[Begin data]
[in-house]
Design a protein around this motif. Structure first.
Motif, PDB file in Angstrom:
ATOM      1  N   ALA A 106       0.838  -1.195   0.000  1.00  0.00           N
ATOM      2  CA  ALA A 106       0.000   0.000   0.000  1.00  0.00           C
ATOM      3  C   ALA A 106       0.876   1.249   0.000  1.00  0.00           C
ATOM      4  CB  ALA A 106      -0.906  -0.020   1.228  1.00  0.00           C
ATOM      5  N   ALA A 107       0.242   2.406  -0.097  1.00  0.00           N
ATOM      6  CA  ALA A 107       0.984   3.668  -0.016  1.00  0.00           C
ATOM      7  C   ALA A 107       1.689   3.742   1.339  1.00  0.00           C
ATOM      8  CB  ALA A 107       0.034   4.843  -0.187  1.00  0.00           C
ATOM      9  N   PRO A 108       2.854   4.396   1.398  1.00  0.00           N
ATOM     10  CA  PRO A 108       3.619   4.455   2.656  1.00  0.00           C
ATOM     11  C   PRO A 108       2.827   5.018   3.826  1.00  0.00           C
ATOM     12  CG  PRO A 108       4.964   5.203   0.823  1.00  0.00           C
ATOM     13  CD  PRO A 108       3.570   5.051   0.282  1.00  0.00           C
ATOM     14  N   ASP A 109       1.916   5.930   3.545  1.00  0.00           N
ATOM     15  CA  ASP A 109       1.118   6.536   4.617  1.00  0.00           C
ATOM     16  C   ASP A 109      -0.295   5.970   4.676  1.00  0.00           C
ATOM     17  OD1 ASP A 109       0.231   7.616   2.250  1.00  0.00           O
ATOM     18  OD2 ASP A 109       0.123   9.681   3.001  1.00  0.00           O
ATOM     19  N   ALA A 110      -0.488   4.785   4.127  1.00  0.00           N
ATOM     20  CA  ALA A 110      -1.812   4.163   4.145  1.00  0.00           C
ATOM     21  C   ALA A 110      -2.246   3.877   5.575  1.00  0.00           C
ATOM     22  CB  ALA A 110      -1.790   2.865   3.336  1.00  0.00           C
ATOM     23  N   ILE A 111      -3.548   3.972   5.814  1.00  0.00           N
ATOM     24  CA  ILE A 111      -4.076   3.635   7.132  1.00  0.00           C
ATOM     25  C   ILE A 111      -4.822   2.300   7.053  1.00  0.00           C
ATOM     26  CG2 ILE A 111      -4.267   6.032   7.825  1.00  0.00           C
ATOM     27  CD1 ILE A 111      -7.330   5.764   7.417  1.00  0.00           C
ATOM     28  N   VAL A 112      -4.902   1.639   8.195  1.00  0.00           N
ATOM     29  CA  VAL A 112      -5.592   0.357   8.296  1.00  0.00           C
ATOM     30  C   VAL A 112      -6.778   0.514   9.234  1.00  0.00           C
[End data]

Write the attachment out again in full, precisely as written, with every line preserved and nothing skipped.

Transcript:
[in-house]
Design a protein around this motif. Structure first.
Motif, PDB file in Angstrom:
ATOM      1  N   ALA A 106       0.838  -1.195   0.000  1.00  0.00           N
ATOM      2  CA  ALA A 106       0.000   0.000   0.000  1.00  0.00           C
ATOM      3  C   ALA A 106       0.876   1.249   0.000  1.00  0.00           C
ATOM      4  CB  ALA A 106      -0.906  -0.020   1.228  1.00  0.00           C
ATOM      5  N   ALA A 107       0.242   2.406  -0.097  1.00  0.00           N
ATOM      6  CA  ALA A 107       0.984   3.668  -0.016  1.00  0.00           C
ATOM      7  C   ALA A 107       1.689   3.742   1.339  1.00  0.00           C
ATOM      8  CB  ALA A 107       0.034   4.843  -0.187  1.00  0.00           C
ATOM      9  N   PRO A 108       2.854   4.396   1.398  1.00  0.00           N
ATOM     10  CA  PRO A 108       3.619   4.455   2.656  1.00  0.00           C
ATOM     11  C   PRO A 108       2.827   5.018   3.826  1.00  0.00           C
ATOM     12  CG  PRO A 108       4.964   5.203   0.823  1.00  0.00           C
ATOM     13  CD  PRO A 108       3.570   5.051   0.282  1.00  0.00           C
ATOM     14  N   ASP A 109       1.916   5.930   3.545  1.00  0.00           N
ATOM     15  CA  ASP A 109       1.118   6.536   4.617  1.00  0.00           C
ATOM     16  C   ASP A 109      -0.295   5.970   4.676  1.00  0.00           C
ATOM     17  OD1 ASP A 109       0.231   7.616   2.250  1.00  0.00           O
ATOM     18  OD2 ASP A 109       0.123   9.681   3.001  1.00  0.00           O
ATOM     19  N   ALA A 110      -0.488   4.785   4.127  1.00  0.00           N
ATOM     20  CA  ALA A 110      -1.812   4.163   4.145  1.00  0.00           C
ATOM     21  C   ALA A 110      -2.246   3.877   5.575  1.00  0.00           C
ATOM     22  CB  ALA A 110      -1.790   2.865   3.336  1.00  0.00           C
ATOM     23  N   ILE A 111      -3.548   3.972   5.814  1.00  0.00           N
ATOM     24  CA  ILE A 111      -4.076   3.635   7.132  1.00  0.00           C
ATOM     25  C   ILE A 111      -4.822   2.300   7.053  1.00  0.00           C
ATOM     26  CG2 ILE A 111      -4.267   6.032   7.825  1.00  0.00           C
ATOM     27  CD1 ILE A 111      -7.330   5.764   7.417  1.00  0.00           C
ATOM     28  N   VAL A 112      -4.902   1.639   8.195  1.00  0.00           N
ATOM     29  CA  VAL A 112      -5.592   0.357   8.296  1.00  0.00           C
ATOM     30  C   VAL A 112      -6.778   0.514   9.234  1.00  0.00           C